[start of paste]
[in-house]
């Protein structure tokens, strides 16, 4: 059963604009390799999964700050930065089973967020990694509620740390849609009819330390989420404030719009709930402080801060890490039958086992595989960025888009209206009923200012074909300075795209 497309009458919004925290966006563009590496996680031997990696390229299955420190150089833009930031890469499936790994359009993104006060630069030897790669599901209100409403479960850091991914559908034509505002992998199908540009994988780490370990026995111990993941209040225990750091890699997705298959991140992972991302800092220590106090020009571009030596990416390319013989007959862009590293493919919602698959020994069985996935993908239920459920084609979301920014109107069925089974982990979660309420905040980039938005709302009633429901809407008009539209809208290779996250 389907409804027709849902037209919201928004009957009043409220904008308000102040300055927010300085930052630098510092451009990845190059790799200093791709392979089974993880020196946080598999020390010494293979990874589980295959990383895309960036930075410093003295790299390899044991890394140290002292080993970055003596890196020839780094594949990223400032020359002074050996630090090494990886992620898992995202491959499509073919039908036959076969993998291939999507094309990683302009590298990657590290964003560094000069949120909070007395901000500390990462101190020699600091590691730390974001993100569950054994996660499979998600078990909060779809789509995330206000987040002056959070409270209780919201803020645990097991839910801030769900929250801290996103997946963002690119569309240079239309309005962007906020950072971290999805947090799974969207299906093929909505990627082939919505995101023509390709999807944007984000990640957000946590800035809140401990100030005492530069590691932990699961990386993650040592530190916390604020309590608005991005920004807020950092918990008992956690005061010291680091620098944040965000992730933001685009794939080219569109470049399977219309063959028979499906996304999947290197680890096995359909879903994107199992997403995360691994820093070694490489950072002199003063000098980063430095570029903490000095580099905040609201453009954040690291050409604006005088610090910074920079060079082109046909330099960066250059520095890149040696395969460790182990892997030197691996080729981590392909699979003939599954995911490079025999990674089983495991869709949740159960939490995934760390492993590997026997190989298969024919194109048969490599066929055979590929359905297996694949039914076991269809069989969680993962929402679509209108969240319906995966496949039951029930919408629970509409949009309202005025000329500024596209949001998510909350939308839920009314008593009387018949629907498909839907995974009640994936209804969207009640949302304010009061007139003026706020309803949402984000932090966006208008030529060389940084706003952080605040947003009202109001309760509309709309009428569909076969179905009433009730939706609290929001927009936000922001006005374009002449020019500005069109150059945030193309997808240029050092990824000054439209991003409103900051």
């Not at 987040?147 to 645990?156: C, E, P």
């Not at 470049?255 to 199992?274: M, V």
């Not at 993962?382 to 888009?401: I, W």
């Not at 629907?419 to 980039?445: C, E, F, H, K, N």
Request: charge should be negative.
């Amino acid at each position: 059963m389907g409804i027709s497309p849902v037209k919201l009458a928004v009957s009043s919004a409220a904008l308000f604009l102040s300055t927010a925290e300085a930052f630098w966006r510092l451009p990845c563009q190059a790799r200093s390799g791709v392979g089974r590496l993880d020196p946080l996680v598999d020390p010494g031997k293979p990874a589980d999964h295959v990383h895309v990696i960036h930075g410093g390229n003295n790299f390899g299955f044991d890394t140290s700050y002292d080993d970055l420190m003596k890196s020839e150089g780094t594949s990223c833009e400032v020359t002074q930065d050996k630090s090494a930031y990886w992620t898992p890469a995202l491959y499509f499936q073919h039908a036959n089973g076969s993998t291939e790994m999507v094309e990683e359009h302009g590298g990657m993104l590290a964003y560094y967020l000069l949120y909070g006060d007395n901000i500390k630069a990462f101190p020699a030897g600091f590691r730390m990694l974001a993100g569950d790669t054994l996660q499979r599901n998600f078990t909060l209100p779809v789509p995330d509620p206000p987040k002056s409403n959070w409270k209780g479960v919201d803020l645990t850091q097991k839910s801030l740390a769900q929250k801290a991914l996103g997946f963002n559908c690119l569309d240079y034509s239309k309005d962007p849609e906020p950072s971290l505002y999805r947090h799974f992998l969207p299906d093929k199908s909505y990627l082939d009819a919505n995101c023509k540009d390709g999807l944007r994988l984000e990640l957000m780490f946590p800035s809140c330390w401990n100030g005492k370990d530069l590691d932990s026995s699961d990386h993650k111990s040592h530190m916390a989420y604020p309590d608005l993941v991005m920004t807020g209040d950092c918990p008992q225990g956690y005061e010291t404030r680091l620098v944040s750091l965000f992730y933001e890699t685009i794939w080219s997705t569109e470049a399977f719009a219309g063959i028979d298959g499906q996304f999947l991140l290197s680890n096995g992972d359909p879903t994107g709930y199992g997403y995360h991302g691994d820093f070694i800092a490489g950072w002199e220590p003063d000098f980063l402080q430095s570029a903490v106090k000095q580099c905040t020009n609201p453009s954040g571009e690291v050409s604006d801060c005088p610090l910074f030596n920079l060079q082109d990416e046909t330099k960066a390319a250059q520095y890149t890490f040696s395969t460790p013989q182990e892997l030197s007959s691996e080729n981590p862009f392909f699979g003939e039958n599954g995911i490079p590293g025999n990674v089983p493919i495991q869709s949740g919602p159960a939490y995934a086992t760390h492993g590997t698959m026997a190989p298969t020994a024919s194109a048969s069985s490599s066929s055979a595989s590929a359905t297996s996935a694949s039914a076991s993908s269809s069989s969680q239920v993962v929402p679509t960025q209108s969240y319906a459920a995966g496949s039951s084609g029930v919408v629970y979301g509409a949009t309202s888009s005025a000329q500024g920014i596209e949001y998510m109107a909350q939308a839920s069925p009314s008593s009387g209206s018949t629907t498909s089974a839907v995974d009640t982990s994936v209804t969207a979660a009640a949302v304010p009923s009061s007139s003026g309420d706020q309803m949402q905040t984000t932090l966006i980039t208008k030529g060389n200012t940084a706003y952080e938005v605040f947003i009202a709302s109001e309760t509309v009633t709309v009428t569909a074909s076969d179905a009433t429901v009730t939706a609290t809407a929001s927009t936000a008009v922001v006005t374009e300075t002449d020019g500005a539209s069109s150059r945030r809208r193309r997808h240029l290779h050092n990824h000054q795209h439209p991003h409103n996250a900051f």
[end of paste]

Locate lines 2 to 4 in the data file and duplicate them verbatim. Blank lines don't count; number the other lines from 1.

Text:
């Protein structure tokens, strides 16, 4: 059963604009390799999964700050930065089973967020990694509620740390849609009819330390989420404030719009709930402080801060890490039958086992595989960025888009209206009923200012074909300075795209 497309009458919004925290966006563009590496996680031997990696390229299955420190150089833009930031890469499936790994359009993104006060630069030897790669599901209100409403479960850091991914559908034509505002992998199908540009994988780490370990026995111990993941209040225990750091890699997705298959991140992972991302800092220590106090020009571009030596990416390319013989007959862009590293493919919602698959020994069985996935993908239920459920084609979301920014109107069925089974982990979660309420905040980039938005709302009633429901809407008009539209809208290779996250 389907409804027709849902037209919201928004009957009043409220904008308000102040300055927010300085930052630098510092451009990845190059790799200093791709392979089974993880020196946080598999020390010494293979990874589980295959990383895309960036930075410093003295790299390899044991890394140290002292080993970055003596890196020839780094594949990223400032020359002074050996630090090494990886992620898992995202491959499509073919039908036959076969993998291939999507094309990683302009590298990657590290964003560094000069949120909070007395901000500390990462101190020699600091590691730390974001993100569950054994996660499979998600078990909060779809789509995330206000987040002056959070409270209780919201803020645990097991839910801030769900929250801290996103997946963002690119569309240079239309309005962007906020950072971290999805947090799974969207299906093929909505990627082939919505995101023509390709999807944007984000990640957000946590800035809140401990100030005492530069590691932990699961990386993650040592530190916390604020309590608005991005920004807020950092918990008992956690005061010291680091620098944040965000992730933001685009794939080219569109470049399977219309063959028979499906996304999947290197680890096995359909879903994107199992997403995360691994820093070694490489950072002199003063000098980063430095570029903490000095580099905040609201453009954040690291050409604006005088610090910074920079060079082109046909330099960066250059520095890149040696395969460790182990892997030197691996080729981590392909699979003939599954995911490079025999990674089983495991869709949740159960939490995934760390492993590997026997190989298969024919194109048969490599066929055979590929359905297996694949039914076991269809069989969680993962929402679509209108969240319906995966496949039951029930919408629970509409949009309202005025000329500024596209949001998510909350939308839920009314008593009387018949629907498909839907995974009640994936209804969207009640949302304010009061007139003026706020309803949402984000932090966006208008030529060389940084706003952080605040947003009202109001309760509309709309009428569909076969179905009433009730939706609290929001927009936000922001006005374009002449020019500005069109150059945030193309997808240029050092990824000054439209991003409103900051």
């Not at 987040?147 to 645990?156: C, E, P």
């Not at 470049?255 to 199992?274: M, V």